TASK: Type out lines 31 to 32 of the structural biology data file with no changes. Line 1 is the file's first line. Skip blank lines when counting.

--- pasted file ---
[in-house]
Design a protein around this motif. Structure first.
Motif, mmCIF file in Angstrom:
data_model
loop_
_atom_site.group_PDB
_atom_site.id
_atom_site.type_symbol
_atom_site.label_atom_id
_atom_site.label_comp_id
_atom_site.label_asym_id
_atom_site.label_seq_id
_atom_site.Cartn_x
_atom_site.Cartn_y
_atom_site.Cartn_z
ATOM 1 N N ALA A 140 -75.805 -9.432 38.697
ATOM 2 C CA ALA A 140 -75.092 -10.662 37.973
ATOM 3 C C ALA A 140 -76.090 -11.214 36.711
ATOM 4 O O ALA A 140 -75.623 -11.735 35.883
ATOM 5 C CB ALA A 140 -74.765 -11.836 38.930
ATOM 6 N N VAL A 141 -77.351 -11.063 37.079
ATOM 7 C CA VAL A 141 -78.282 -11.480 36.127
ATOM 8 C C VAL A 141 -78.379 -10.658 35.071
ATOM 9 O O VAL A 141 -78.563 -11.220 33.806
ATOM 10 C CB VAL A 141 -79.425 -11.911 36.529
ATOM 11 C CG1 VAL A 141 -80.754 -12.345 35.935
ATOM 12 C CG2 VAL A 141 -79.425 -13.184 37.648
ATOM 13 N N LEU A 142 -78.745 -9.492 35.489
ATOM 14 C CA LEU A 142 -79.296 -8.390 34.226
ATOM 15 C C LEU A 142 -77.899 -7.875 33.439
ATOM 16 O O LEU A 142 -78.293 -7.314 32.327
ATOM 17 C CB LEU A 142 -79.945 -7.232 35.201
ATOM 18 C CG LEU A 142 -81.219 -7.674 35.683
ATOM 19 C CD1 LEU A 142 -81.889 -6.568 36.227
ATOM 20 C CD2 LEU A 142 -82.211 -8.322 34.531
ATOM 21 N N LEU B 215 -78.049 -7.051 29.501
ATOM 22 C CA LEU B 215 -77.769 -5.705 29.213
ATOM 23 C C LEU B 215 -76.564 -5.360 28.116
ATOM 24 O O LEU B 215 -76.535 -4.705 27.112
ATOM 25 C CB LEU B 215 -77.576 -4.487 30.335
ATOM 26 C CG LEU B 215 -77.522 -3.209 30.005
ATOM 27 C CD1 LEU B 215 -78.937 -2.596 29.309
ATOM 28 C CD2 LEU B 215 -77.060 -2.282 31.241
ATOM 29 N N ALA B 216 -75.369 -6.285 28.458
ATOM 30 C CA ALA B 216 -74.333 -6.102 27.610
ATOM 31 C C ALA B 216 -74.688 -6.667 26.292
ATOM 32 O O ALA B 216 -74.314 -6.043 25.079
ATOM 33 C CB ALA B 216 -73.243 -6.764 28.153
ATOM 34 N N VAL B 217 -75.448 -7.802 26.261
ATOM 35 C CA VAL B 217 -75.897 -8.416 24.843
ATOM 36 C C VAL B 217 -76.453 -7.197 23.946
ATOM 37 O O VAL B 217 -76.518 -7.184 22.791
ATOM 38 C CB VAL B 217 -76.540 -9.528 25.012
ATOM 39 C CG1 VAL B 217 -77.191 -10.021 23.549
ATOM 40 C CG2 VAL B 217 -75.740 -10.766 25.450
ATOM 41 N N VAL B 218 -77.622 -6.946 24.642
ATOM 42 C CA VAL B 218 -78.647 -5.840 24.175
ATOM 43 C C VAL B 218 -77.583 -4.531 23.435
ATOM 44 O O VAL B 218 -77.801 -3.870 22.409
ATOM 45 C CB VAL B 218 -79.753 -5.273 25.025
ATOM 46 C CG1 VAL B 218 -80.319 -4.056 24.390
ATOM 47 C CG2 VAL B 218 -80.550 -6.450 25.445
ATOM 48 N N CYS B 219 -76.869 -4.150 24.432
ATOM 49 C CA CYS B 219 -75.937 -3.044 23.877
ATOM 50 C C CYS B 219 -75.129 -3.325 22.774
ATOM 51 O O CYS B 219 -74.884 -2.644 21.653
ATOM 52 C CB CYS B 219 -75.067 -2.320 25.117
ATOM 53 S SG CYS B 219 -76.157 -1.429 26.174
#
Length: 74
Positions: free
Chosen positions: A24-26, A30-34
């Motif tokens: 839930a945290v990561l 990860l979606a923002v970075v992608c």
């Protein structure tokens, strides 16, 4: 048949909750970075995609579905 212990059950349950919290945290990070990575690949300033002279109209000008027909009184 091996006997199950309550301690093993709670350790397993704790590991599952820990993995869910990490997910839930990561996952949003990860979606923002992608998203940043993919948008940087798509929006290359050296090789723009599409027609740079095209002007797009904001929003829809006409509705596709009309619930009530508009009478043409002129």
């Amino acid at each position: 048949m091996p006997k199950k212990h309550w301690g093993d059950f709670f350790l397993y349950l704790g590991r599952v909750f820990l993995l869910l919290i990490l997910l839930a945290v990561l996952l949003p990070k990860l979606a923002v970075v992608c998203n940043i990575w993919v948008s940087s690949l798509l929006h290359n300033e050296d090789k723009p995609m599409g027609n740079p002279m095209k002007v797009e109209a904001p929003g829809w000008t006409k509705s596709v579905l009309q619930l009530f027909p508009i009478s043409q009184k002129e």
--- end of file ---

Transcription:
ATOM 16 O O LEU A 142 -78.293 -7.314 32.327
ATOM 17 C CB LEU A 142 -79.945 -7.232 35.201